- Home
- Documents
*Control and measurement of three-qubit entangled 2007-11-13آ been proposed by Briegel et al. (21)*

If you can't read please download the document

View

0Download

0

Embed Size (px)

Control and measurement of three-qubit entangled states

C. F. Roos1, M. Riebe1, H. Häffner1, W. Hänsel1, J. Benhelm1, G. P.T. Lancaster1,

C. Becher1, F. Schmidt-Kaler1 & R. Blatt1,2 1Institut für Experimentalphysik, Universität Innsbruck, Technikerstraße 25,

A-6020 Innsbruck, Austria 2Insitut für Quantenoptik und Quanteninformation, Österreichische Akademie der

Wissenschaften, Technikerstraße 25, A-6020 Innsbruck, Austria

We report the deterministic creation of maximally entangled three-qubit states,

specifically the Greenberger-Horne-Zeilinger (GHZ) state and the W-state, with a

trapped ion quantum computer. We demonstrate the selective readout of one qubit

of the quantum computer and show how GHZ- and W-states are affected by this

local measurement. Additionally, we demonstrate conditional operations controlled

by the results from selectively reading out one qubit. Tripartite entanglement is

deterministically transformed into bipartite entanglement by local operations only.

These operations are the measurement of one qubit of a GHZ-state in a rotated

basis and -conditioned upon the result- the application of single qubit rotations.

Quantum information processing rests on the ability to deliberately initialize, control, and

manipulate a set of quantum bits forming a quantum register (1). Carrying out an

algorithm then consists of sequences of quantum gate operations which generate multi-

partite entangled states of this quantum register. Eventually, the outcome of the

computation is obtained by measuring the state of the individual quantum bits. For the

realization of some important algorithms, such as quantum error correction (1,2,3,4,5),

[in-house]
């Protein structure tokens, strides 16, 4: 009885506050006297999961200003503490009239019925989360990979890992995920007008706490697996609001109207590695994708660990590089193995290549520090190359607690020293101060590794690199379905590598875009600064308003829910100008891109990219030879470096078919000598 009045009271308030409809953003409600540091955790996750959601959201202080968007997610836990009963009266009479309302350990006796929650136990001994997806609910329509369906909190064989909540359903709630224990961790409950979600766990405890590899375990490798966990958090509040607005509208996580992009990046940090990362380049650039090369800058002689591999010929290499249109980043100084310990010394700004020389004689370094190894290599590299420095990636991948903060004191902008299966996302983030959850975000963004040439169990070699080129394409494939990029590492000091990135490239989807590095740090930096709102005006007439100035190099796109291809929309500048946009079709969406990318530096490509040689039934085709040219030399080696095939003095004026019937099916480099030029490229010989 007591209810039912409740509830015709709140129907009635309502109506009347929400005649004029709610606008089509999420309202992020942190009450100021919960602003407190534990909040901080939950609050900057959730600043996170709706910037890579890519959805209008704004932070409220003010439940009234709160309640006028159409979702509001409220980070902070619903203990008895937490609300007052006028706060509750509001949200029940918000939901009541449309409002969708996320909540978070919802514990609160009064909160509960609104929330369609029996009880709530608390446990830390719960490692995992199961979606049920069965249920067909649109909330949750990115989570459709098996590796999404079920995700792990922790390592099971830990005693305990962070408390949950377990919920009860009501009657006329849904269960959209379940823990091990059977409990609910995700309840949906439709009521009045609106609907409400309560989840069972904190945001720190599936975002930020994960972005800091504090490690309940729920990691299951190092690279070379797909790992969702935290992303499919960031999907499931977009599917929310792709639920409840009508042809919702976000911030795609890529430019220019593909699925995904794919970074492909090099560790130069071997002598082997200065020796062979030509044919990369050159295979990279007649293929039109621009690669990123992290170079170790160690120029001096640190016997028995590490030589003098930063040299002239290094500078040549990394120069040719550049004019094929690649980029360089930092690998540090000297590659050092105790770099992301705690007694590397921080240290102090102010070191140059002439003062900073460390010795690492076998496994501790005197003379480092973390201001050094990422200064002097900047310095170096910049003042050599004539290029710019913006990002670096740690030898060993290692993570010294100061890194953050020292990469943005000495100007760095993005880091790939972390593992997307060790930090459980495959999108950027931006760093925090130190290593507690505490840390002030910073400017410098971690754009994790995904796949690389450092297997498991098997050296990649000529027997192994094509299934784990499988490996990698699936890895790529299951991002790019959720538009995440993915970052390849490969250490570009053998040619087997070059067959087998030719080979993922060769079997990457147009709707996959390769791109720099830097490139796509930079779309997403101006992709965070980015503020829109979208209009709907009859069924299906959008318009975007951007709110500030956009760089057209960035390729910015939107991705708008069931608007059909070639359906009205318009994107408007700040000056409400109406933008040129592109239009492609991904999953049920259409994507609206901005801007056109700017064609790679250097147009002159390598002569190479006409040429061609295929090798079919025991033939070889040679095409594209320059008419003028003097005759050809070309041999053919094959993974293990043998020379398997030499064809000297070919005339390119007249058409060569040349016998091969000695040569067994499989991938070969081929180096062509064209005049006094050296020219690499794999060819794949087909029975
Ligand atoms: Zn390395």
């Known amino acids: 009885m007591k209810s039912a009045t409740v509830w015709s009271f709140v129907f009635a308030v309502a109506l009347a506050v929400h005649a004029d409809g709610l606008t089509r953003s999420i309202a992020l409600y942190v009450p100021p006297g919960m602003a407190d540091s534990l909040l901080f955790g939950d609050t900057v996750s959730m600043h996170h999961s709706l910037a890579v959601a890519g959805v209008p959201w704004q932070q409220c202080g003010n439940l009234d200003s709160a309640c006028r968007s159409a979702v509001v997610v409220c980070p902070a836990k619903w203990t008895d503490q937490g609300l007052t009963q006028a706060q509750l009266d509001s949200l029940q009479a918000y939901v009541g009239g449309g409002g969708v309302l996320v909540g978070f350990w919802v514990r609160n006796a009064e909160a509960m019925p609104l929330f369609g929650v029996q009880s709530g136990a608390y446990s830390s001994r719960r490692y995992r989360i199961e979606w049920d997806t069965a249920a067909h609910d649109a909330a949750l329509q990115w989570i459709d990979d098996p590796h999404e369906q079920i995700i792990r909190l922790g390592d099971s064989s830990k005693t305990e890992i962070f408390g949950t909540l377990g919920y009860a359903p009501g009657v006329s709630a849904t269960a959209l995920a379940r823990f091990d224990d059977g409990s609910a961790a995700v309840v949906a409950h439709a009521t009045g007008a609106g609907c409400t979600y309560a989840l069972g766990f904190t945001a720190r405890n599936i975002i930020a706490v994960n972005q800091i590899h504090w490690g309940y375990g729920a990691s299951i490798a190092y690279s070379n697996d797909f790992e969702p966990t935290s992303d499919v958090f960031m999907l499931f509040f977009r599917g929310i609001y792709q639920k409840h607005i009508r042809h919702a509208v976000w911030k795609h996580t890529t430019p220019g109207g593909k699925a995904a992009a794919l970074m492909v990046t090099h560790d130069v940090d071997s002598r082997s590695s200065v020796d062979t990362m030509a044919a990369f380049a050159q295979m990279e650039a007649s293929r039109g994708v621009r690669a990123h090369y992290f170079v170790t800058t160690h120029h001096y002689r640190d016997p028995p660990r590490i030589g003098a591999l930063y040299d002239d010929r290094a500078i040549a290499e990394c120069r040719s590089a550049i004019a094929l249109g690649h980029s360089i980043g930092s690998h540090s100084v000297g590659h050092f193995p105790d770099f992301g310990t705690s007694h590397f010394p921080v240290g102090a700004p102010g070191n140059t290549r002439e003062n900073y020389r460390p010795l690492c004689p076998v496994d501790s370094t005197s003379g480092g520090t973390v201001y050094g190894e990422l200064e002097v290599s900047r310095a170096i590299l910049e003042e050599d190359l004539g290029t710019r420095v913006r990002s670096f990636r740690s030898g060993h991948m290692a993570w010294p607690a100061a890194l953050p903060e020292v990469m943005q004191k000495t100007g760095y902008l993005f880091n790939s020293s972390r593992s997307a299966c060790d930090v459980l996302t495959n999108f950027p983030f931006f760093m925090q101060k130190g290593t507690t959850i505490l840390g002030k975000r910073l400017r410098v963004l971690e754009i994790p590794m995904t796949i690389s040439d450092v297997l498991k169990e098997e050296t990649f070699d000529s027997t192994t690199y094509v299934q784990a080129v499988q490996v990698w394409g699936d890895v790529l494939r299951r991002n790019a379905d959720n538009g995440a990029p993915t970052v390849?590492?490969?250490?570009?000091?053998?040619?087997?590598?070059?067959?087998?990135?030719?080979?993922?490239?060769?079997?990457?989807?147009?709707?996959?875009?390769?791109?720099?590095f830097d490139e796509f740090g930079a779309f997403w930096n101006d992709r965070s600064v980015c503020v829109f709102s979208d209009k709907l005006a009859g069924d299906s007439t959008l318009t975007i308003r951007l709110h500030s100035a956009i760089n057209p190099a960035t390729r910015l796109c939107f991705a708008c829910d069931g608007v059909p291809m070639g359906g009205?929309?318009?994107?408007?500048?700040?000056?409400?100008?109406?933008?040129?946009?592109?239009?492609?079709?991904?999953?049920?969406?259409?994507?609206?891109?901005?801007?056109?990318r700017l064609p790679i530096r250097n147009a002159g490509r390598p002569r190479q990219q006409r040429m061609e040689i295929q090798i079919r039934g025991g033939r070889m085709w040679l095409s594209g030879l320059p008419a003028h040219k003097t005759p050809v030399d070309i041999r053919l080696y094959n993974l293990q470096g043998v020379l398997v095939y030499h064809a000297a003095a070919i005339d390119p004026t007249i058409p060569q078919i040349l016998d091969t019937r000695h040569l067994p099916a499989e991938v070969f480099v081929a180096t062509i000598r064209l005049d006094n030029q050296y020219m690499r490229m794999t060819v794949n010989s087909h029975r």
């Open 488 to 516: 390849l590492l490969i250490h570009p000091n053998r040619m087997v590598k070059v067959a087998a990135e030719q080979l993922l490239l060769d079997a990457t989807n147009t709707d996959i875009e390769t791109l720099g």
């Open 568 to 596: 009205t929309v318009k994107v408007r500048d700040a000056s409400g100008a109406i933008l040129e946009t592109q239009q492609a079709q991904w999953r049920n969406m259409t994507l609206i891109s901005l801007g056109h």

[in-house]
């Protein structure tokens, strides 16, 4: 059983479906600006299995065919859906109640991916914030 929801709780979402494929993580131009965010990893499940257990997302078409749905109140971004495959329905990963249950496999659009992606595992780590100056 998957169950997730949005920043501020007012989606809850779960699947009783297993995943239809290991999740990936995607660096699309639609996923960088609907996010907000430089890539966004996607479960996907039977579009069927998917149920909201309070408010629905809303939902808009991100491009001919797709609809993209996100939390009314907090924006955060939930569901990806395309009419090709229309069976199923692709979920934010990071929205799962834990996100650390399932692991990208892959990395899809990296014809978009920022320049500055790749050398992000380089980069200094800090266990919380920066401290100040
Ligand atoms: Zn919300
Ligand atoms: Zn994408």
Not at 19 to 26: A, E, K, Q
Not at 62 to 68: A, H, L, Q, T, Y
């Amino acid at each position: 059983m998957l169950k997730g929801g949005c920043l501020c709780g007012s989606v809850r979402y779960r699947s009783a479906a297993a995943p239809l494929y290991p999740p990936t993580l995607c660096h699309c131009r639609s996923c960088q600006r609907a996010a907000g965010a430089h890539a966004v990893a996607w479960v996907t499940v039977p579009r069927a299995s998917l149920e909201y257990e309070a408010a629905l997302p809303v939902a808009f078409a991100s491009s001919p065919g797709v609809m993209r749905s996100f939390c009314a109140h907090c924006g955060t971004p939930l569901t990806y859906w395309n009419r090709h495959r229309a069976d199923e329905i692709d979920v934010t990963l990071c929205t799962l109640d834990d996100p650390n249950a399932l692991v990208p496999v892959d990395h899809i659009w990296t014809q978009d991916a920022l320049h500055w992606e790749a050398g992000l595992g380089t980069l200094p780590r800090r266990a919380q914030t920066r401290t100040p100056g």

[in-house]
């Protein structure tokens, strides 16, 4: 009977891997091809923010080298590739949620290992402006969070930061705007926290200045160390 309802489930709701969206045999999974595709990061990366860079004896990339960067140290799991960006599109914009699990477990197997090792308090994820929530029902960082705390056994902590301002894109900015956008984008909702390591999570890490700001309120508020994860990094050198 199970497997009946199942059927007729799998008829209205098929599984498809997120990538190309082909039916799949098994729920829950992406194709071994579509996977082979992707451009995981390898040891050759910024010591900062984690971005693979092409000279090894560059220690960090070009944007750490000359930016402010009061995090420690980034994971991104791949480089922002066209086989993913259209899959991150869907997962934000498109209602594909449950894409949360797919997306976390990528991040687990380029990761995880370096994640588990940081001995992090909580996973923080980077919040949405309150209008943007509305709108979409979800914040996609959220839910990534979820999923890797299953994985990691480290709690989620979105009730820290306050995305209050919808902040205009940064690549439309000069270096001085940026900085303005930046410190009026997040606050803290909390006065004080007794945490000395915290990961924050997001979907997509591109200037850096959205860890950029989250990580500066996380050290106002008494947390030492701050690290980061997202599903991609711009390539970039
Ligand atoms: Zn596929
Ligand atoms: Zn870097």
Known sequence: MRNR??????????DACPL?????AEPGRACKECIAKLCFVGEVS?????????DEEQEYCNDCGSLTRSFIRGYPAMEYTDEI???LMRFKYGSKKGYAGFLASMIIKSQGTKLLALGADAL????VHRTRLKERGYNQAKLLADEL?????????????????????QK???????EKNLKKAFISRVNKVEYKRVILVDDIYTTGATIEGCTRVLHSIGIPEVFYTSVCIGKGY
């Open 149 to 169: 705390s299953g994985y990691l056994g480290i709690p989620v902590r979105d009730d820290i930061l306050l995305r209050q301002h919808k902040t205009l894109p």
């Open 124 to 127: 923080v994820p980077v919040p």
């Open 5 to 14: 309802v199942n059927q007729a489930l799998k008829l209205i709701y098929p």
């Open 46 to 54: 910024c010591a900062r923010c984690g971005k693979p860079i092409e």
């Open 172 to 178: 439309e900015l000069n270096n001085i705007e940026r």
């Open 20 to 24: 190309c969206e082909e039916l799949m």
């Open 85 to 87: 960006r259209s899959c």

and for teleportation (6), a subset of the quantum register must be selectively read out and

subsequent operations on other qubits have to be conditioned on the measurement result.

The capability of entangling a scalable quantum register is the key ingredient for quantum

information processing as well as for many-party quantum communication. While

entanglement with two or more qubits has been demonstrated in a few experiments

(7,8,9,10,11,12) the experiments described below allow the deterministic generation of 3-

qubit entangled states and the selective read-out of an individual qubit followed by local

quantum operations conditioned on the read-out.

The experiments are performed in an elementary ion-trap quantum processor (13,14). For

the investigation of tripartite entanglement (15,16,17) we trap three 40Ca+ ions in a linear

Paul trap. Qubits are encoded in a superposition of the S ground state and the

metastable D state (lifetime τ ≈ 1.16s). Each ion-qubit is individually manipulated by a

series of laser pulses on the S ≡ S (m =-1/2) to D ≡ D (m =-1/2) quadrupole transition

near 729 nm employing narrowband laser radiation tightly focussed onto individual ions

in the string. The entire quantum register is prepared by Doppler cooling, followed by

sideband ground state cooling of the center-of-mass vibrational mode (ω = 2π×1.2 MHz).

The ions' electronic qubit states are initialised in the S-state by optical pumping.

1/2

5/2

1/2 j 5/2 j

Three qubits can only be entangled in two inequivalent ways, for which the Greenberger-

Horne-Zeilinger (GHZ) state, |GHZ>= 2/1 (|SSS> + |DDD>), and the W-state, |W> =

3/1 (|DDS> + |DSD> + |SDD>), are representatives (16). The W-state can retain

bipartite entanglement when any one of the three qubits is measured in the {|S>, |D>}

basis, whereas for the maximally entangled GHZ-state a measurement of any one qubit

destroys the entanglement. We synthesize the GHZ-state using a sequence of 10 laser

pulses and the W-state with a sequence of five laser pulses, respectively (see supporting

online material).

Full information on the three-ion entangled states is obtained by state tomography (18,

19) using a CCD camera for the individual detection of ions. The pulse sequences

generate three-ion entangled states within less than 1ms. Determining all 64 entries of the

density matrix with an uncertainty of less than 2% requires about 5000 experiments

corresponding to 200s of measurement time.

Experimental results for the absolute values of the density matrix elements of GHZ and

W-states, ρ|GHZ> and ρ|W>, are displayed in Fig.1a and 1b. The off-diagonal elements are